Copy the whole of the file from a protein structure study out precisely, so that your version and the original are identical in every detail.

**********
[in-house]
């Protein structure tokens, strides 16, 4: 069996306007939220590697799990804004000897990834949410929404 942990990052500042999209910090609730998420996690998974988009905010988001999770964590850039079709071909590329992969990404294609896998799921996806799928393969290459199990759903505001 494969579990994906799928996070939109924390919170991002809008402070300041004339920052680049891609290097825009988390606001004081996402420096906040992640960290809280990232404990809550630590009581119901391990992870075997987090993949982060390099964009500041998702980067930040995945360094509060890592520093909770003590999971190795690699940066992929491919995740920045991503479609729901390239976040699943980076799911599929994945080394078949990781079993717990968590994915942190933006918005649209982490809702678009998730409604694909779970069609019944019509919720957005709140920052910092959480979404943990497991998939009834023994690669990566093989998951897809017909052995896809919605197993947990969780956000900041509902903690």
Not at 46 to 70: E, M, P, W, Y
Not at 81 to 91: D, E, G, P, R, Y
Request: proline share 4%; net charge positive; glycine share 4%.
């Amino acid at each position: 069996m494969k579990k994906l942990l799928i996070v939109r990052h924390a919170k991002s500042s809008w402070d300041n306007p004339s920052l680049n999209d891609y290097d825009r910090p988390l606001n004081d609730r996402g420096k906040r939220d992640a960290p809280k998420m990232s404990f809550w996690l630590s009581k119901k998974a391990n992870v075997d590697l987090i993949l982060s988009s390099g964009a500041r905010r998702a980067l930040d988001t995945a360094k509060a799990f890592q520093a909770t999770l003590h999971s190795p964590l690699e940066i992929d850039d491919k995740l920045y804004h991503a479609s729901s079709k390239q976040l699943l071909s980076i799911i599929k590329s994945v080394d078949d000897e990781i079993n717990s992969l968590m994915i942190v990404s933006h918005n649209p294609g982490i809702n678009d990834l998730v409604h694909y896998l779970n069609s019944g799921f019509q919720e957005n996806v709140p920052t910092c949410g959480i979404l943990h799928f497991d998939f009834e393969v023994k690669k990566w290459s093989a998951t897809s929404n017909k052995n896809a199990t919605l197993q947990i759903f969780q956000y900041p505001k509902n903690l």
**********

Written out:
[in-house]
């Protein structure tokens, strides 16, 4: 069996306007939220590697799990804004000897990834949410929404 942990990052500042999209910090609730998420996690998974988009905010988001999770964590850039079709071909590329992969990404294609896998799921996806799928393969290459199990759903505001 494969579990994906799928996070939109924390919170991002809008402070300041004339920052680049891609290097825009988390606001004081996402420096906040992640960290809280990232404990809550630590009581119901391990992870075997987090993949982060390099964009500041998702980067930040995945360094509060890592520093909770003590999971190795690699940066992929491919995740920045991503479609729901390239976040699943980076799911599929994945080394078949990781079993717990968590994915942190933006918005649209982490809702678009998730409604694909779970069609019944019509919720957005709140920052910092959480979404943990497991998939009834023994690669990566093989998951897809017909052995896809919605197993947990969780956000900041509902903690």
Not at 46 to 70: E, M, P, W, Y
Not at 81 to 91: D, E, G, P, R, Y
Request: proline share 4%; net charge positive; glycine share 4%.
């Amino acid at each position: 069996m494969k579990k994906l942990l799928i996070v939109r990052h924390a919170k991002s500042s809008w402070d300041n306007p004339s920052l680049n999209d891609y290097d825009r910090p988390l606001n004081d609730r996402g420096k906040r939220d992640a960290p809280k998420m990232s404990f809550w996690l630590s009581k119901k998974a391990n992870v075997d590697l987090i993949l982060s988009s390099g964009a500041r905010r998702a980067l930040d988001t995945a360094k509060a799990f890592q520093a909770t999770l003590h999971s190795p964590l690699e940066i992929d850039d491919k995740l920045y804004h991503a479609s729901s079709k390239q976040l699943l071909s980076i799911i599929k590329s994945v080394d078949d000897e990781i079993n717990s992969l968590m994915i942190v990404s933006h918005n649209p294609g982490i809702n678009d990834l998730v409604h694909y896998l779970n069609s019944g799921f019509q919720e957005n996806v709140p920052t910092c949410g959480i979404l943990h799928f497991d998939f009834e393969v023994k690669k990566w290459s093989a998951t897809s929404n017909k052995n896809a199990t919605l197993q947990i759903f969780q956000y900041p505001k509902n903690l």